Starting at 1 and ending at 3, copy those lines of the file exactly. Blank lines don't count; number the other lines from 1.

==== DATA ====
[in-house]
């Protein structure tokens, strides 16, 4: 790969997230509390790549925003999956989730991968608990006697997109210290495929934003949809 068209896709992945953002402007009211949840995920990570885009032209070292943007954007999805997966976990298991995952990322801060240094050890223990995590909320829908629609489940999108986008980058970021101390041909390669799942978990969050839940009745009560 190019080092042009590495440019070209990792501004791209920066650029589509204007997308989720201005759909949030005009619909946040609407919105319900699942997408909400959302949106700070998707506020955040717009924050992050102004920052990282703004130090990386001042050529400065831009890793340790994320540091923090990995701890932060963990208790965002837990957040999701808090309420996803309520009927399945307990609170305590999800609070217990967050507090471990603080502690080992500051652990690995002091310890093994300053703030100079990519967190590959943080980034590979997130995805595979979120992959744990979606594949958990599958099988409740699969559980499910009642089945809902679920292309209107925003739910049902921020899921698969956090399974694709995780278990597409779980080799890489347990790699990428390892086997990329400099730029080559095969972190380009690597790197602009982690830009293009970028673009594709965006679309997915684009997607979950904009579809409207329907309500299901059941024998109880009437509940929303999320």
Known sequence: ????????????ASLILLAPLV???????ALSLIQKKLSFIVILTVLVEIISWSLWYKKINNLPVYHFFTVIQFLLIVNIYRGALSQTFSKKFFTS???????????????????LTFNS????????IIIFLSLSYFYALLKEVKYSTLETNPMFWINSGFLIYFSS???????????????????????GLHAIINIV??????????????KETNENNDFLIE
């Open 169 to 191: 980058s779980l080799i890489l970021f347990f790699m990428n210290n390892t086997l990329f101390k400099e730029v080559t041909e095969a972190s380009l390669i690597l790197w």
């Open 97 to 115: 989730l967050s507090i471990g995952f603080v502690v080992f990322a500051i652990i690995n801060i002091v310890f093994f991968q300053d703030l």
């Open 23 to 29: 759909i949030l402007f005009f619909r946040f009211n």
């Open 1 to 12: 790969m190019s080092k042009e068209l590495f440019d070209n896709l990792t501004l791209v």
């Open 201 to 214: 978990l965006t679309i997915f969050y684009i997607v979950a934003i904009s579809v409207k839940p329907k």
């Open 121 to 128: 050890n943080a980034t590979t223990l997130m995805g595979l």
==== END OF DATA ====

[in-house]
């Protein structure tokens, strides 16, 4: 790969997230509390790549925003999956989730991968608990006697997109210290495929934003949809 068209896709992945953002402007009211949840995920990570885009032209070292943007954007999805997966976990298991995952990322801060240094050890223990995590909320829908629609489940999108986008980058970021101390041909390669799942978990969050839940009745009560 190019080092042009590495440019070209990792501004791209920066650029589509204007997308989720201005759909949030005009619909946040609407919105319900699942997408909400959302949106700070998707506020955040717009924050992050102004920052990282703004130090990386001042050529400065831009890793340790994320540091923090990995701890932060963990208790965002837990957040999701808090309420996803309520009927399945307990609170305590999800609070217990967050507090471990603080502690080992500051652990690995002091310890093994300053703030100079990519967190590959943080980034590979997130995805595979979120992959744990979606594949958990599958099988409740699969559980499910009642089945809902679920292309209107925003739910049902921020899921698969956090399974694709995780278990597409779980080799890489347990790699990428390892086997990329400099730029080559095969972190380009690597790197602009982690830009293009970028673009594709965006679309997915684009997607979950904009579809409207329907309500299901059941024998109880009437509940929303999320």
Known sequence: ????????????ASLILLAPLV???????ALSLIQKKLSFIVILTVLVEIISWSLWYKKINNLPVYHFFTVIQFLLIVNIYRGALSQTFSKKFFTS???????????????????LTFNS????????IIIFLSLSYFYALLKEVKYSTLETNPMFWINSGFLIYFSS???????????????????????GLHAIINIV??????????????KETNENNDFLIE